So I conclude this part by dismissing that while everything can be accused of marketed to a targeted audience on some basic level, I am more concerned with the our motivations for why we do what we do, especially as it pertains to the church.

Selling Out the Sell-Outs" – Part 1 – An Enthusiastic Response to "Selling Out the Church"

“Selling Out the Sell-Outs” – An Enthusiastic Response to Selling Out the Church

Like my friend Evan Curry, I too wrote a paper about this book. We loved it.
I’ve adapted it and broken it to a few parts.  It takes a while to get there but my main point is that too many of our churches have become consumer-oriented instead of worship-oriented Kenneson and Street offer an excellent explanation of how and why.

Selling Out the Church is an excellent warning that pastors and church leaders (and anyone interested in the Church) should consider reading. Not only do Phillip D. Kenneson and James L. Street (K&S) reveal the many pitfalls of church consumerism, many of them hidden, but also calls on the reader to examine his/her theology. They offer an essential call to the kingdom and invite each church to evaluate which “strategy” they ought to pursue. To be sure, this is an important topic for much is at stake. Pastors and church leaders cannot afford to take these warnings lightly as not only are souls at stake, but our faithfulness before the Lord as well. This response seeks to respond to K&S’s arguments and reflect if and how they can be applied in today’s American church. It is my conviction, that if churches were willing to do the work of the Kingdom and be the faithful witnesses of the Risen Jesus while abandoning the temptation to build “the best church in town”, our ecclesiological landscape would appear drastically different and our communities would be better.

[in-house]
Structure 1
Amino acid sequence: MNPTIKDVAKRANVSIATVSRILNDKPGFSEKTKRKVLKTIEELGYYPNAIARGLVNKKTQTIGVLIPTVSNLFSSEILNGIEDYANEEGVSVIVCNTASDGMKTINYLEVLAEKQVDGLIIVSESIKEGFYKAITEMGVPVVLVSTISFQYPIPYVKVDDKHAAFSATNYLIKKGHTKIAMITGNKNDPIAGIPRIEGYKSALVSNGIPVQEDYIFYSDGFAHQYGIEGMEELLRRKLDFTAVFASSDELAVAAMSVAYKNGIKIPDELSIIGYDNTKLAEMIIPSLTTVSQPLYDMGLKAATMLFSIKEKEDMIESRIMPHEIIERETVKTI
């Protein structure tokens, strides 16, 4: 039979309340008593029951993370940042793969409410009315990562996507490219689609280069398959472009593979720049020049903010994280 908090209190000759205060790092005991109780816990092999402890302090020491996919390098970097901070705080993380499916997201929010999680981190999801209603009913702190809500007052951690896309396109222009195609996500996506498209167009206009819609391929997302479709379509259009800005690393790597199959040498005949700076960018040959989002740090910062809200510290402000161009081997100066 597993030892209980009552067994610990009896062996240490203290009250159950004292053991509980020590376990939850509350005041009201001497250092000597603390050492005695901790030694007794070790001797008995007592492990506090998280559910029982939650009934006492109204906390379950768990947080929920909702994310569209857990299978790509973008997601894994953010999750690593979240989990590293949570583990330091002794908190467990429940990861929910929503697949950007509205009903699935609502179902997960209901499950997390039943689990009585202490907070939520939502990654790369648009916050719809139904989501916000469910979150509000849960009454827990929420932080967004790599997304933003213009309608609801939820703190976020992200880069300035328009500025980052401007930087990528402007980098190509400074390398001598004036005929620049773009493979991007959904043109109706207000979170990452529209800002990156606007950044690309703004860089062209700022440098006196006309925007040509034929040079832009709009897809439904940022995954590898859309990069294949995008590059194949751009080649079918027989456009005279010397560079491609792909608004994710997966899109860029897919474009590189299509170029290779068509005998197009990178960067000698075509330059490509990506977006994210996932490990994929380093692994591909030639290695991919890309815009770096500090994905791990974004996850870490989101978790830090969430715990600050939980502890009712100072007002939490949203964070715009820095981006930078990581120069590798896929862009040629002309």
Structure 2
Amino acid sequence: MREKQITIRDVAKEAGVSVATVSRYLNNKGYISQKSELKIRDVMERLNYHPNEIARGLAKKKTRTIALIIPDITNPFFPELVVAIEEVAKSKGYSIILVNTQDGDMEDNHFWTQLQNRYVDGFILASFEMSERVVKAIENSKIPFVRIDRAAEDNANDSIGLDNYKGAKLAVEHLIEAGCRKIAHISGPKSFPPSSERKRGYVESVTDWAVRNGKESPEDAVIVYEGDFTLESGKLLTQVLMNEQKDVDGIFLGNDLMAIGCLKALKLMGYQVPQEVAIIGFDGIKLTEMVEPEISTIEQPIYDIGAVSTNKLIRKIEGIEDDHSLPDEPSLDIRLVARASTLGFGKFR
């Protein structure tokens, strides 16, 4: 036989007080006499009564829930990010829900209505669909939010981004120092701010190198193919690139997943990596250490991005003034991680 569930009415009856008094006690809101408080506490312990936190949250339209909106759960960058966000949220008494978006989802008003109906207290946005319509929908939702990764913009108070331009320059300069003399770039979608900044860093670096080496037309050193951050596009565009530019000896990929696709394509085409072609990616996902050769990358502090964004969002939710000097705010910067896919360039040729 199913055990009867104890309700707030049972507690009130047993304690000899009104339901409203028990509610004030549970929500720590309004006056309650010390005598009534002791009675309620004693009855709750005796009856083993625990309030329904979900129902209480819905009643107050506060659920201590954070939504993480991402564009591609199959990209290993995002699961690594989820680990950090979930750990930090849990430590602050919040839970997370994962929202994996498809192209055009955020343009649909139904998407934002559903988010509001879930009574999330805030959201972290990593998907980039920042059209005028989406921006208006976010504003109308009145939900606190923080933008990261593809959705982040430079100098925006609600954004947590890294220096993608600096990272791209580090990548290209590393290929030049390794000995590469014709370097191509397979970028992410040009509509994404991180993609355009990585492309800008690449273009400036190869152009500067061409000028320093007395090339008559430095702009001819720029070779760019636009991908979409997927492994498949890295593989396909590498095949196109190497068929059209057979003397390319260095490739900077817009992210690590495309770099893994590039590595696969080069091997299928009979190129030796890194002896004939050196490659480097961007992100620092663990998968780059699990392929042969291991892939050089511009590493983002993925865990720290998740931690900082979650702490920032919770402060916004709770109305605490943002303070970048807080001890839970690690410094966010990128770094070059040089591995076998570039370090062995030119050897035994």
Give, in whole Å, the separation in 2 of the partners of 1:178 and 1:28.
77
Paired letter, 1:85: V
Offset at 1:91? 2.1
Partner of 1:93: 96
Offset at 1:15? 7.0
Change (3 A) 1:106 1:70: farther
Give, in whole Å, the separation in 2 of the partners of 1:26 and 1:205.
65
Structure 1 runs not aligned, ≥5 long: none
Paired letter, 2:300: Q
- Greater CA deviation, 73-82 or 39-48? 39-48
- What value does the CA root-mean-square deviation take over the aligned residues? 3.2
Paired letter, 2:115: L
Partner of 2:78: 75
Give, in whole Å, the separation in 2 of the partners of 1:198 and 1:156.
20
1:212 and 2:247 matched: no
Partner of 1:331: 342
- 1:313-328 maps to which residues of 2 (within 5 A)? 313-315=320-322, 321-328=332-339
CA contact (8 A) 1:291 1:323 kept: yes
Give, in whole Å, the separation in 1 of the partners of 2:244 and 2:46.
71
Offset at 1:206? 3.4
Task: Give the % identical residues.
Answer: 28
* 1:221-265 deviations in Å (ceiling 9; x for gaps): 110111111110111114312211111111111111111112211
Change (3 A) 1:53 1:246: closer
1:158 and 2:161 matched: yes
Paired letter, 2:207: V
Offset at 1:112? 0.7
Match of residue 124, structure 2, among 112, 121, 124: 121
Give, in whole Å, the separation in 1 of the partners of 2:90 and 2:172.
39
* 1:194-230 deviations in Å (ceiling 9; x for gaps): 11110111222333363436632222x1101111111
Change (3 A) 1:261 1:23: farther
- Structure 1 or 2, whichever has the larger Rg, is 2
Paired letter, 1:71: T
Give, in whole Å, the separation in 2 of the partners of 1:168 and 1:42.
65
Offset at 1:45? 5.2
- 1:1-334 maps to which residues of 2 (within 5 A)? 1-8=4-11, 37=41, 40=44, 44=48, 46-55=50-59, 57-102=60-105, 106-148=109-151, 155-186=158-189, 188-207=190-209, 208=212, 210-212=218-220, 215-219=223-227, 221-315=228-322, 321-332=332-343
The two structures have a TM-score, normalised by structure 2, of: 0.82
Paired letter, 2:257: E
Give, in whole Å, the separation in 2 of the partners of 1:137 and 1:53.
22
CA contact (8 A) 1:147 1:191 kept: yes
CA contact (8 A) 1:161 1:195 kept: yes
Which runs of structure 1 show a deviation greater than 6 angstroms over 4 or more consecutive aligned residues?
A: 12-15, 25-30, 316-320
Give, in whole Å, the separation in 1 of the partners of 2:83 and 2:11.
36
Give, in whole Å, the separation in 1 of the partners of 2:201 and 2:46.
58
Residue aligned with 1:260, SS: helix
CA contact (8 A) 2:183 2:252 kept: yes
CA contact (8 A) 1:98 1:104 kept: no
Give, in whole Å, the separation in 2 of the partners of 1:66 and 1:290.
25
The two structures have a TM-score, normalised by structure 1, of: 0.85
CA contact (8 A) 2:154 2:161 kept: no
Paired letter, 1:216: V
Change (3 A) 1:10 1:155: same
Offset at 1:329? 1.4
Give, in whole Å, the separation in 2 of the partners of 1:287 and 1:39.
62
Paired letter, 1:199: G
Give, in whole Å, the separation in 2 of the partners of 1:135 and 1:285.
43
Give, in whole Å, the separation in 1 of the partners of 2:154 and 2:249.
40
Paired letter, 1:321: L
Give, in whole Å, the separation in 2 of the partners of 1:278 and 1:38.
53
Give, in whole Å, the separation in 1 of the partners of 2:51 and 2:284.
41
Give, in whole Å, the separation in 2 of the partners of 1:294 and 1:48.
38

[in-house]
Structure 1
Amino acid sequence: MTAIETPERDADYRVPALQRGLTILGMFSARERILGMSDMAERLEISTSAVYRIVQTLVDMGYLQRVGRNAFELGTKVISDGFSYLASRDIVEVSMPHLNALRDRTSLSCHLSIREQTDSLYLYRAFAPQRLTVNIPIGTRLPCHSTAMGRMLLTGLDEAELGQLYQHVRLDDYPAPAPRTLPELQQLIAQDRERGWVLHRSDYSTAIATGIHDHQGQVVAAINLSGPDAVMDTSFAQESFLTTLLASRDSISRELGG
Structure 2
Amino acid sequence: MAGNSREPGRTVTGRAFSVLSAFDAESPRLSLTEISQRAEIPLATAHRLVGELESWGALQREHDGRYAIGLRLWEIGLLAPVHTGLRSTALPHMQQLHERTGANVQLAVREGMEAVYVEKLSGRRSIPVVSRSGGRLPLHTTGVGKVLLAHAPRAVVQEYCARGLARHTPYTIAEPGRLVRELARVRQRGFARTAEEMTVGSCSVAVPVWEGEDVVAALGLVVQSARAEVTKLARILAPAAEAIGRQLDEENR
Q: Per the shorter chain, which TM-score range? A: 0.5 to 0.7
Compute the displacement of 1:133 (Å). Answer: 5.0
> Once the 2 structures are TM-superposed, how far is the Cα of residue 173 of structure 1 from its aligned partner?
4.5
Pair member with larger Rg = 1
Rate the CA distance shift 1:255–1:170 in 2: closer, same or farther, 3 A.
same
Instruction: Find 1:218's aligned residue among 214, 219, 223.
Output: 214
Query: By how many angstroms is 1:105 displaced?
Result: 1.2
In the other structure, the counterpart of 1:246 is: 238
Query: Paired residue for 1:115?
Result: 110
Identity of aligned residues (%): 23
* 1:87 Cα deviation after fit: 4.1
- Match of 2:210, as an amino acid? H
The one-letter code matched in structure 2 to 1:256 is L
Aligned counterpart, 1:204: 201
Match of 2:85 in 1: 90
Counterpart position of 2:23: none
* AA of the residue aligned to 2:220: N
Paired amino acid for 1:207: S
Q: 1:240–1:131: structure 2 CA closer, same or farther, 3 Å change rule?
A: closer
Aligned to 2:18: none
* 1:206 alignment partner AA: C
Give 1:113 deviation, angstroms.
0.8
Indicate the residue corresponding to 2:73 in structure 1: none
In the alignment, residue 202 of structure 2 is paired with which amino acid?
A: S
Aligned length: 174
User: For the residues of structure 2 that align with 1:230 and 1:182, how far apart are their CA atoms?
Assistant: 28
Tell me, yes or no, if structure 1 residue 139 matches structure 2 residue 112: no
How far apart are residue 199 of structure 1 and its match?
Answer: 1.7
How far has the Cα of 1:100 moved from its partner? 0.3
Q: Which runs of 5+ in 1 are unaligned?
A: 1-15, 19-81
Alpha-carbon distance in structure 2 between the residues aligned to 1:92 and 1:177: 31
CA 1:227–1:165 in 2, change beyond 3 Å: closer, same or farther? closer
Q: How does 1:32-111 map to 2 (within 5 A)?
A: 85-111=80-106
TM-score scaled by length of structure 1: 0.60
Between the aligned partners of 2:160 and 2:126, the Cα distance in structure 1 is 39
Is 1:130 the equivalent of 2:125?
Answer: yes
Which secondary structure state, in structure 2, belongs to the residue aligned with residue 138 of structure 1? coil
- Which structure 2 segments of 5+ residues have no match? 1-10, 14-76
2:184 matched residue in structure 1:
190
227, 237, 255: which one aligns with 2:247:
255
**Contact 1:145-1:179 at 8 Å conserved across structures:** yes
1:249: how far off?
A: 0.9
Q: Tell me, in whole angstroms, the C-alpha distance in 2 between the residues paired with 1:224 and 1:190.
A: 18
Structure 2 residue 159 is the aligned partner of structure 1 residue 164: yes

Indeed there was a certain irony as I read K&S in my church office while surrounded by church marketing titles like Barna’s Revolution, Boiling Point, and the classic, Marketing the Church (which is quoted from excessively by K&S). I surveyed other titles like John Maxwell, Bill Hybels, and newer innovators like Andy Stanley and Craig Goeshel. There are shelves dedicated to youth ministry as well. Titles like, Getting Kids to Show Up, 30 Awesome Lessons For Impacting Teens and the Doug Fields masterpiece, Purpose Driven Youth Ministry. After reading Selling Out the Church, I wondered if the idea of a good old-fashioned “book burning” was in order. Unfortunately these types of fires are illegal in my county and this left some additional time for further consideration.